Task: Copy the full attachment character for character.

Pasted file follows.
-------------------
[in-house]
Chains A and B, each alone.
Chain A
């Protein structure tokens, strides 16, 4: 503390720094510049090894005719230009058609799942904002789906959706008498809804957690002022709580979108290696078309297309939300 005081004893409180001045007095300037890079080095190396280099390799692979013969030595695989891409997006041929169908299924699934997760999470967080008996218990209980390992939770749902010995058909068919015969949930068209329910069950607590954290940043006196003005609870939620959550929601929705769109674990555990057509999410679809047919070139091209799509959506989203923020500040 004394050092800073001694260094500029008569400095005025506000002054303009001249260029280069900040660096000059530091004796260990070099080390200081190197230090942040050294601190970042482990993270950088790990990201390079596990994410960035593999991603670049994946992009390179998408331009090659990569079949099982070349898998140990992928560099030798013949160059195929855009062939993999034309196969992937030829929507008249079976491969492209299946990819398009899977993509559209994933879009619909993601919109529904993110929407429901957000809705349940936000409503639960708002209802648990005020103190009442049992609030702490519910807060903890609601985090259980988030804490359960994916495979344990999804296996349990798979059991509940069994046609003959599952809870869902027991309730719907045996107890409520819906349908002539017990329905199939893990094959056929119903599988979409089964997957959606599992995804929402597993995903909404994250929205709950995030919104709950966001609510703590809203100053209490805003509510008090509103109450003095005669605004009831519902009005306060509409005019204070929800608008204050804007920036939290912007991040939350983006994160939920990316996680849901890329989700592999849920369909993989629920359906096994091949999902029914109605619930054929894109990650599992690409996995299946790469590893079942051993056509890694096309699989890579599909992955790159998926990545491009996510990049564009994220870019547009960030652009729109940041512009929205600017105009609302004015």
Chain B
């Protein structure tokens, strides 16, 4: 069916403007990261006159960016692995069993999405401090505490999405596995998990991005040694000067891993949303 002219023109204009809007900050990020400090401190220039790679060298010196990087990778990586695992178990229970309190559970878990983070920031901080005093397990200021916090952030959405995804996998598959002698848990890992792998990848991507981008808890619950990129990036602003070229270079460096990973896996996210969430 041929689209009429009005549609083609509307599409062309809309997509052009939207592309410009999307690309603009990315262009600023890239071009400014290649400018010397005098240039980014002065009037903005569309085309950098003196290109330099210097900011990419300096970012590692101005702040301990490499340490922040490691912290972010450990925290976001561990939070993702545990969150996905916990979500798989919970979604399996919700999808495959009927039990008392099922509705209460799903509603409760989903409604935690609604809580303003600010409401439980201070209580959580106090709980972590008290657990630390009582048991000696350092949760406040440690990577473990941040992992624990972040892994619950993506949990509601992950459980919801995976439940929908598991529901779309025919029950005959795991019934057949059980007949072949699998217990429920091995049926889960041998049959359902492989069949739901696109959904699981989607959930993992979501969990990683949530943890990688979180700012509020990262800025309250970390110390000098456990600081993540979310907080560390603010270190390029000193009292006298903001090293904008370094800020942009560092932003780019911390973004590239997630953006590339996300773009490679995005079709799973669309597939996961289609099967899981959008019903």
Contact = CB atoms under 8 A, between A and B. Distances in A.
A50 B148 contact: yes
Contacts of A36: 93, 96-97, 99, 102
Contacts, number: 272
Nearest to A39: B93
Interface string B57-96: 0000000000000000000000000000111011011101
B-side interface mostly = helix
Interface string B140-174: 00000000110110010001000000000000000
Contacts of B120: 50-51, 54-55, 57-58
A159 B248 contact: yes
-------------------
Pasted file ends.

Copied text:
[in-house]
Chains A and B, each alone.
Chain A
């Protein structure tokens, strides 16, 4: 503390720094510049090894005719230009058609799942904002789906959706008498809804957690002022709580979108290696078309297309939300 005081004893409180001045007095300037890079080095190396280099390799692979013969030595695989891409997006041929169908299924699934997760999470967080008996218990209980390992939770749902010995058909068919015969949930068209329910069950607590954290940043006196003005609870939620959550929601929705769109674990555990057509999410679809047919070139091209799509959506989203923020500040 004394050092800073001694260094500029008569400095005025506000002054303009001249260029280069900040660096000059530091004796260990070099080390200081190197230090942040050294601190970042482990993270950088790990990201390079596990994410960035593999991603670049994946992009390179998408331009090659990569079949099982070349898998140990992928560099030798013949160059195929855009062939993999034309196969992937030829929507008249079976491969492209299946990819398009899977993509559209994933879009619909993601919109529904993110929407429901957000809705349940936000409503639960708002209802648990005020103190009442049992609030702490519910807060903890609601985090259980988030804490359960994916495979344990999804296996349990798979059991509940069994046609003959599952809870869902027991309730719907045996107890409520819906349908002539017990329905199939893990094959056929119903599988979409089964997957959606599992995804929402597993995903909404994250929205709950995030919104709950966001609510703590809203100053209490805003509510008090509103109450003095005669605004009831519902009005306060509409005019204070929800608008204050804007920036939290912007991040939350983006994160939920990316996680849901890329989700592999849920369909993989629920359906096994091949999902029914109605619930054929894109990650599992690409996995299946790469590893079942051993056509890694096309699989890579599909992955790159998926990545491009996510990049564009994220870019547009960030652009729109940041512009929205600017105009609302004015």
Chain B
């Protein structure tokens, strides 16, 4: 069916403007990261006159960016692995069993999405401090505490999405596995998990991005040694000067891993949303 002219023109204009809007900050990020400090401190220039790679060298010196990087990778990586695992178990229970309190559970878990983070920031901080005093397990200021916090952030959405995804996998598959002698848990890992792998990848991507981008808890619950990129990036602003070229270079460096990973896996996210969430 041929689209009429009005549609083609509307599409062309809309997509052009939207592309410009999307690309603009990315262009600023890239071009400014290649400018010397005098240039980014002065009037903005569309085309950098003196290109330099210097900011990419300096970012590692101005702040301990490499340490922040490691912290972010450990925290976001561990939070993702545990969150996905916990979500798989919970979604399996919700999808495959009927039990008392099922509705209460799903509603409760989903409604935690609604809580303003600010409401439980201070209580959580106090709980972590008290657990630390009582048991000696350092949760406040440690990577473990941040992992624990972040892994619950993506949990509601992950459980919801995976439940929908598991529901779309025919029950005959795991019934057949059980007949072949699998217990429920091995049926889960041998049959359902492989069949739901696109959904699981989607959930993992979501969990990683949530943890990688979180700012509020990262800025309250970390110390000098456990600081993540979310907080560390603010270190390029000193009292006298903001090293904008370094800020942009560092932003780019911390973004590239997630953006590339996300773009490679995005079709799973669309597939996961289609099967899981959008019903």
Contact = CB atoms under 8 A, between A and B. Distances in A.
A50 B148 contact: yes
Contacts of A36: 93, 96-97, 99, 102
Contacts, number: 272
Nearest to A39: B93
Interface string B57-96: 0000000000000000000000000000111011011101
B-side interface mostly = helix
Interface string B140-174: 00000000110110010001000000000000000
Contacts of B120: 50-51, 54-55, 57-58
A159 B248 contact: yes